University offers female students extra credit for not shaving their armpits

Lauren Clark
Campus Correspondent

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  • Men are also allowed to receive extra credit, as long as they shave their bodies from the neck down.
  • Student Stephanie Robinson said it was a “life changing experience.”
  • Female Arizona State University students can receive extra credit for defying social norms and refusing to shave for 10 weeks during the semester.

    Women and Gender Studies Professor Breanne Fahs, encourages her female students to cease shaving their underarms and legs during the semester and document their experiences in a journal.

    "One guy did his shaving with a buck knife."   

    Student Stephanie Robinson said it was a “life changing experience.”

    “Many of my friends didn’t want to work out next to me or hear about the assignment, and my mother was distraught at the idea that I would be getting married in a white dress with armpit hair,” Robinson told ASU news.

    Men are also allowed to receive extra credit, as long as they shave their bodies from the neck down.

    Fahs says the experiment illustrates social issues with gender roles, particularly with the male participants.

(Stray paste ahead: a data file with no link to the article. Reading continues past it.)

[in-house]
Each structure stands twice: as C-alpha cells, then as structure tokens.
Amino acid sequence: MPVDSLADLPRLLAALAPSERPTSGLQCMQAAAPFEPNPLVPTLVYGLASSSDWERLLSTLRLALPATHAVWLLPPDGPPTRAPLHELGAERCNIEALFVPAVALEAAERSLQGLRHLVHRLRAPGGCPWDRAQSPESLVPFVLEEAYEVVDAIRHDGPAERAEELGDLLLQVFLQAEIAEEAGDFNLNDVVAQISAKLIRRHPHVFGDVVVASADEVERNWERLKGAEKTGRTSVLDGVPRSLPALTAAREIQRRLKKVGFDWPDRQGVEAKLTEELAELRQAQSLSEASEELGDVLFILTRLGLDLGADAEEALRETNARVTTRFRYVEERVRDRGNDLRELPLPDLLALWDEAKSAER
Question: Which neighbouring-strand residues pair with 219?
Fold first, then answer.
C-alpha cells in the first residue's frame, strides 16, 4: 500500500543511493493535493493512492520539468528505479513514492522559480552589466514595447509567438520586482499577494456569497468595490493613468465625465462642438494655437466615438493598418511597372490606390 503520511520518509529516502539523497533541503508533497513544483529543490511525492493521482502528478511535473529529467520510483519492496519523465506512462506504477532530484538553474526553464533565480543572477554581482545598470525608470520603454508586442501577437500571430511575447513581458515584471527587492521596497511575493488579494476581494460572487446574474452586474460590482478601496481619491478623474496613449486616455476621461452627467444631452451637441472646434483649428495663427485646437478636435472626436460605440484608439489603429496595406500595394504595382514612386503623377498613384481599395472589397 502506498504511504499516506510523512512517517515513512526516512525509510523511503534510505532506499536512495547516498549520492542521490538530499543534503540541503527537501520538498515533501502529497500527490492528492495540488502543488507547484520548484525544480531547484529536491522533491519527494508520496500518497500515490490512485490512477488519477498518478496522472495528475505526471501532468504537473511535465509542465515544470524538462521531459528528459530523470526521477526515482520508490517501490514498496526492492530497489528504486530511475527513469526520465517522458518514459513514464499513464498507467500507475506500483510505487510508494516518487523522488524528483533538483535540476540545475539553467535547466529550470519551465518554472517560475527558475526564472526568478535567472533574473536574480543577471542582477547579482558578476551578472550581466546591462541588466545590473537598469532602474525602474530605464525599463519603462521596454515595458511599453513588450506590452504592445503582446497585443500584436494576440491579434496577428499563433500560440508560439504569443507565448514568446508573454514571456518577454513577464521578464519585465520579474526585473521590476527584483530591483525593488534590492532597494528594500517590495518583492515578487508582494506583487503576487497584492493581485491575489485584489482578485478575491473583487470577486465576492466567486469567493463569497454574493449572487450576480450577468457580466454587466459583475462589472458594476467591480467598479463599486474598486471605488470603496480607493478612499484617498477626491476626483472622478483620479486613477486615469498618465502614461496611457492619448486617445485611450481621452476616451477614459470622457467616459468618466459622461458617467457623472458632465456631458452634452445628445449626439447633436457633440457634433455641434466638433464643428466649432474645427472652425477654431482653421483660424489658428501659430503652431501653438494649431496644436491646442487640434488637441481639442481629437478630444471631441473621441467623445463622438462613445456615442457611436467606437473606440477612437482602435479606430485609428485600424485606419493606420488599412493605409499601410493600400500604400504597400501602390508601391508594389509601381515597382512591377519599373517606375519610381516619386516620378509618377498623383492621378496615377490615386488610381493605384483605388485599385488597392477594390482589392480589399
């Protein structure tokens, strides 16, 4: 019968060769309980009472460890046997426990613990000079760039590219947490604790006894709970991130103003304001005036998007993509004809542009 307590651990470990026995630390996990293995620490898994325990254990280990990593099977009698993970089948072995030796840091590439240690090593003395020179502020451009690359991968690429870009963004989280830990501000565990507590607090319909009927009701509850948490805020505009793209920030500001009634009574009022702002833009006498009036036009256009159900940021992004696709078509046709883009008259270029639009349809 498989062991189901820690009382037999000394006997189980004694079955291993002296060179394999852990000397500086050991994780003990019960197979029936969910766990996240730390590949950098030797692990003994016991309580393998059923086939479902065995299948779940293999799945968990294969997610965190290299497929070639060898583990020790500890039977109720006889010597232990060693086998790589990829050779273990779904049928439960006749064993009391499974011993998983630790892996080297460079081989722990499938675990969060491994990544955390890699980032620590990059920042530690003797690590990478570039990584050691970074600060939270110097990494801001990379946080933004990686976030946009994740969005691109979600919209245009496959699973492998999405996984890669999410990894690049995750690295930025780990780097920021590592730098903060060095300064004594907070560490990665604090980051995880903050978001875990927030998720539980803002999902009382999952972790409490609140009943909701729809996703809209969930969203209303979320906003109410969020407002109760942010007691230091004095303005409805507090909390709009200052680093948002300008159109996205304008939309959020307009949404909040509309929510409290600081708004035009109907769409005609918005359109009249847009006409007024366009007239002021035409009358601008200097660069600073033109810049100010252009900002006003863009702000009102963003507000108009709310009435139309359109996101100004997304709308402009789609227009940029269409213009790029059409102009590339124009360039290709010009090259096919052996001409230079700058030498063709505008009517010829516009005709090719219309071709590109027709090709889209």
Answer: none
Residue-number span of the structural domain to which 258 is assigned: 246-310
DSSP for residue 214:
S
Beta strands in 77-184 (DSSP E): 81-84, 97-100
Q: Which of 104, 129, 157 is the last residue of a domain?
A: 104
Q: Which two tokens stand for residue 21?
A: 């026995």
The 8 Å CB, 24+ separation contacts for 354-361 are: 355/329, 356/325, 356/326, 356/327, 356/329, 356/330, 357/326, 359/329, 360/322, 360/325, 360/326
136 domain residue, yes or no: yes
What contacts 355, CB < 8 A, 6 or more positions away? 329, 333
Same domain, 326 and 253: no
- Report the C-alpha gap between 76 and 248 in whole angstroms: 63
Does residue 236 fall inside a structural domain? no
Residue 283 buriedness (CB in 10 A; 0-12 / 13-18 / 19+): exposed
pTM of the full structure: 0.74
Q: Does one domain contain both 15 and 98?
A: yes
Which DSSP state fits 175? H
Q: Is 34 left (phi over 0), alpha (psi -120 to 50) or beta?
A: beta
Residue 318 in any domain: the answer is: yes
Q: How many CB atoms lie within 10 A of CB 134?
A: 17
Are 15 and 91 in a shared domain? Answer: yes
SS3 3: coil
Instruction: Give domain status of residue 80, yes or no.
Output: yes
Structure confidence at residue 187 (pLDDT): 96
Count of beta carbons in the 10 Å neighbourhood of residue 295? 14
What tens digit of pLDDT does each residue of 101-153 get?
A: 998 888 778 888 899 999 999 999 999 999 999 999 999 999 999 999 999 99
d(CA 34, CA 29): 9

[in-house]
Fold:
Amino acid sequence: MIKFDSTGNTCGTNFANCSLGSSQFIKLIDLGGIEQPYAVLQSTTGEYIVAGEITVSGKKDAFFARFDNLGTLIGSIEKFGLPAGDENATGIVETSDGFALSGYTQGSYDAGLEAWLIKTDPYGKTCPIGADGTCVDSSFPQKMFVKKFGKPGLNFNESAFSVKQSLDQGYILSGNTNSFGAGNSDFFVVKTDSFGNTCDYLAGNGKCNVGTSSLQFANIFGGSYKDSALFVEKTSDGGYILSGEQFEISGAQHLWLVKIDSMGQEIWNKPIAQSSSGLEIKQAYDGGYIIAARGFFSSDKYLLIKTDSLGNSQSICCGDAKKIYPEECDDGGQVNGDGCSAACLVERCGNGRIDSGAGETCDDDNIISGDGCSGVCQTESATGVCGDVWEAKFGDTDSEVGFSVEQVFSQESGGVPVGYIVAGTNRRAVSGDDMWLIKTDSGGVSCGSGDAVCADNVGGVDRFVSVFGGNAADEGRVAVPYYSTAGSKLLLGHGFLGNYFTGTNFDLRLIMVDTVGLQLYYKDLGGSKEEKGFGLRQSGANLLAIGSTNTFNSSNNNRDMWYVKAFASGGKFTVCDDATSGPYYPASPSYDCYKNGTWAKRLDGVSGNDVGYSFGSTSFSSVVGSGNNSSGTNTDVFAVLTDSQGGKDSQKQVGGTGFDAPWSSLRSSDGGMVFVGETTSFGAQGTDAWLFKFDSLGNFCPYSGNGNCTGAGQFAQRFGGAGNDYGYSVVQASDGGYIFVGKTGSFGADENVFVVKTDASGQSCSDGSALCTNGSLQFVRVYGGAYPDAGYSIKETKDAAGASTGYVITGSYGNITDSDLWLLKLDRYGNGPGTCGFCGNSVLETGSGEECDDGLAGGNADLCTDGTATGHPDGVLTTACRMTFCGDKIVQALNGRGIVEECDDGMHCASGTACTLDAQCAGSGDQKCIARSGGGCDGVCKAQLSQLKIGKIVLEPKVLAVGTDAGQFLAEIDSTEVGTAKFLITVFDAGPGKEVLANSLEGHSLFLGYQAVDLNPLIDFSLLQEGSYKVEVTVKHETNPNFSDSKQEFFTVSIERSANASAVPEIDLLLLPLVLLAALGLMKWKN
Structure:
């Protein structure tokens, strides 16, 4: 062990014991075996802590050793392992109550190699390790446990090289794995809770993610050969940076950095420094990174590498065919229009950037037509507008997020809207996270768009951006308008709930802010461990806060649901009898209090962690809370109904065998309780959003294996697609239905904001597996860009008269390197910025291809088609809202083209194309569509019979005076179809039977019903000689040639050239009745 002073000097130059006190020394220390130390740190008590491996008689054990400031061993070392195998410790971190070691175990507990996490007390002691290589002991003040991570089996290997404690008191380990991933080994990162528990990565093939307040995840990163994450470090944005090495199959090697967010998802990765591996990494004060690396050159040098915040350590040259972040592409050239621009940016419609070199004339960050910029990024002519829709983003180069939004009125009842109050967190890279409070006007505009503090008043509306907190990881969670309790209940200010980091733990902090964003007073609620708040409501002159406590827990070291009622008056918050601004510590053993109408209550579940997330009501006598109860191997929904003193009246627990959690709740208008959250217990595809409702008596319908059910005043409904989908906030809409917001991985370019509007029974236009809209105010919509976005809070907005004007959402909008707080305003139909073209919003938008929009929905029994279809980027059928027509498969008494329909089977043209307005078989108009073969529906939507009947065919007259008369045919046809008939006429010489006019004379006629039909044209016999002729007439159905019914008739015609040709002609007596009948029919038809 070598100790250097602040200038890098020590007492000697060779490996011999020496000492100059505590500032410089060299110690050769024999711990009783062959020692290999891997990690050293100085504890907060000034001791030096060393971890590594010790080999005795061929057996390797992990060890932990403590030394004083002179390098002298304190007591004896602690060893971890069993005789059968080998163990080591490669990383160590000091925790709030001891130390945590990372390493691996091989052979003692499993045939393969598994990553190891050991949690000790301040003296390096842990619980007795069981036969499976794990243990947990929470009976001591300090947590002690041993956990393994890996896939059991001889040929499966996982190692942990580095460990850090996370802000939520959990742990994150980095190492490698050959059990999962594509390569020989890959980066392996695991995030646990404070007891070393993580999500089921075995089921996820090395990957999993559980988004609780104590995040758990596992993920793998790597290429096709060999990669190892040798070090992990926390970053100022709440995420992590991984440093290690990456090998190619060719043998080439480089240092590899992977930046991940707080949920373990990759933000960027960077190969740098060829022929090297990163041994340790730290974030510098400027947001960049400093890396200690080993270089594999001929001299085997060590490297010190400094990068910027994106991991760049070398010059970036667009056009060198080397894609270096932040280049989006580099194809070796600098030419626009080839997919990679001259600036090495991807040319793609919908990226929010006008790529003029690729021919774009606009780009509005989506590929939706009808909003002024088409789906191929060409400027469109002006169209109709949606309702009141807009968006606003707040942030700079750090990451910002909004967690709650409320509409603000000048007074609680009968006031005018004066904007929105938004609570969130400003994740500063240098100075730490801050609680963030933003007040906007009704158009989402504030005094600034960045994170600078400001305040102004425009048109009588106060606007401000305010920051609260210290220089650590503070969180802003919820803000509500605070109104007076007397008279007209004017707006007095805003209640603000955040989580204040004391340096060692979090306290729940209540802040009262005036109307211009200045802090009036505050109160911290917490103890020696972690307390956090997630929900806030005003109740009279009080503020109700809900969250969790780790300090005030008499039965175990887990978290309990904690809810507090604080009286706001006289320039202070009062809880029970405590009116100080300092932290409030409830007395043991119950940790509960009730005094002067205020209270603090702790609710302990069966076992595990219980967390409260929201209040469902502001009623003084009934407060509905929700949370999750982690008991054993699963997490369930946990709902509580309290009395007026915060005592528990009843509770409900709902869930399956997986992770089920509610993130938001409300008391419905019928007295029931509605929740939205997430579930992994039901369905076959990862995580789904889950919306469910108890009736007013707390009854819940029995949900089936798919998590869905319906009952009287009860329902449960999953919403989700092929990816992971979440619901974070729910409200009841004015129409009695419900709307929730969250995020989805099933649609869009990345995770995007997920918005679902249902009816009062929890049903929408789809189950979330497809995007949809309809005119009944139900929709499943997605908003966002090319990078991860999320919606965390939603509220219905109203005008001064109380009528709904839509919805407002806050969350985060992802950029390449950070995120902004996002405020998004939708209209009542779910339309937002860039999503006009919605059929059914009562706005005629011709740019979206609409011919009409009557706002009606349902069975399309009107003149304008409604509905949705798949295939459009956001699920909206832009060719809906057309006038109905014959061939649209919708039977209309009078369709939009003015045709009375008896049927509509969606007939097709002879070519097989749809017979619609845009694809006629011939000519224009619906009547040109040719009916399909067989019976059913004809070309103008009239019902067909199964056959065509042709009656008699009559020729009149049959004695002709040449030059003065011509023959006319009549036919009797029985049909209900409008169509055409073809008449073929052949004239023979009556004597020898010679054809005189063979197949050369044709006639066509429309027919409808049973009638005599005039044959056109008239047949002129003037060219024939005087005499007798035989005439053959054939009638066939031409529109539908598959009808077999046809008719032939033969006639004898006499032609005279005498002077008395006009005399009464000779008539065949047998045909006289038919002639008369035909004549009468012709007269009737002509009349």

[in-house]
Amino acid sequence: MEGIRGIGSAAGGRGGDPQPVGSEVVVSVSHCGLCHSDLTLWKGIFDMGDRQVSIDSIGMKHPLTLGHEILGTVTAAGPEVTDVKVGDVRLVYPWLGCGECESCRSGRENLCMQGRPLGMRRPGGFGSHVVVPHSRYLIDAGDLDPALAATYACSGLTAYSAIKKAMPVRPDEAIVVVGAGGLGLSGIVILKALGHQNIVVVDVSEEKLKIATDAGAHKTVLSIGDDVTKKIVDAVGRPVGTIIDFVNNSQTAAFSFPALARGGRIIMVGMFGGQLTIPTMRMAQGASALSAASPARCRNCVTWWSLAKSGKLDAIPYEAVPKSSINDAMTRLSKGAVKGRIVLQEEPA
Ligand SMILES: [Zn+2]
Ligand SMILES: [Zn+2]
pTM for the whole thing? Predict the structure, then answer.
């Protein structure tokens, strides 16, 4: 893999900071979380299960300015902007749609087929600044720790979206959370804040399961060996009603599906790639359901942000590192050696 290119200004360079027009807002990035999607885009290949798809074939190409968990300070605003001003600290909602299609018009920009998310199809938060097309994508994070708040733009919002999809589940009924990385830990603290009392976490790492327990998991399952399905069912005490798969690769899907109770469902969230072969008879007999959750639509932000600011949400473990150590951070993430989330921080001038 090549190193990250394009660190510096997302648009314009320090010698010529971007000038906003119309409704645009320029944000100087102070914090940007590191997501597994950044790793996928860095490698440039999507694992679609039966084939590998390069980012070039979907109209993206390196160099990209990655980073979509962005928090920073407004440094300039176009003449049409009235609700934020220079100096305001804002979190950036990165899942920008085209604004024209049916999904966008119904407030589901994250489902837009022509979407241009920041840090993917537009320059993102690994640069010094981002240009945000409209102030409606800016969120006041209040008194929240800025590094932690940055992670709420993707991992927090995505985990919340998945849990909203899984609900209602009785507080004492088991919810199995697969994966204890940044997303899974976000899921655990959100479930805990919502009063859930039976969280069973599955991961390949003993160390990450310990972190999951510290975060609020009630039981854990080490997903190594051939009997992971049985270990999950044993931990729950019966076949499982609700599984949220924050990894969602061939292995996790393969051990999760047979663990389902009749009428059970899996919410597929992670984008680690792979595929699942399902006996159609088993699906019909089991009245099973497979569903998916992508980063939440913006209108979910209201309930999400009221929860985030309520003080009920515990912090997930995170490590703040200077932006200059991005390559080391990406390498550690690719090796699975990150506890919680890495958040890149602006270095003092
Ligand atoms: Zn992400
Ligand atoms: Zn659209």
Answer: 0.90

“One guy did his shaving with a buck knife,” Fahs said. “Male students tend to adopt the attitude of, ‘I’m a man; I can do what I want.”

    As the Director of the Center for Feminist Research on Gender and Sexuality Group at ASU, Fahs has been very active in women’s issues. Her academic journals have been published in outlets such as Feminism & Psychology, Psychology of Women Quarterly and Gender and Society. She has also authored books including Performing Sex, Moral Panics of Sexuality and her newest biography on the life of radical feminist and attempted assassin, Valerie Solonas.

    Participant and student Jaqueline Gonzalez said the experience allowed her to start on a path of activism.

    “The experience helped me better understand how pervasive gendered socialization is in our culture. Furthermore, by doing this kind of activist project I was no longer an armchair activist theorizing in the classroom.” she said. “So much is learned by actually taking part in the theory or idea we learn in the classroom, and we could benefit from this type of pedagogy being taken up by similar classes.”

    Follow the author of this article on Twitter: @LaurenLouClark

    Lauren Clark

    Lauren Clark

    Campus Correspondent

    As a Campus Correspondent, Lauren exposes liberal bias and abuses at Arizona’s colleges and universities for Campus Reform. Lauren is a sophomore studying journalism at Arizona State University and is working towards a joint-four year bachelor and masters degree with a minor in political science, and an emphasis on business reporting.

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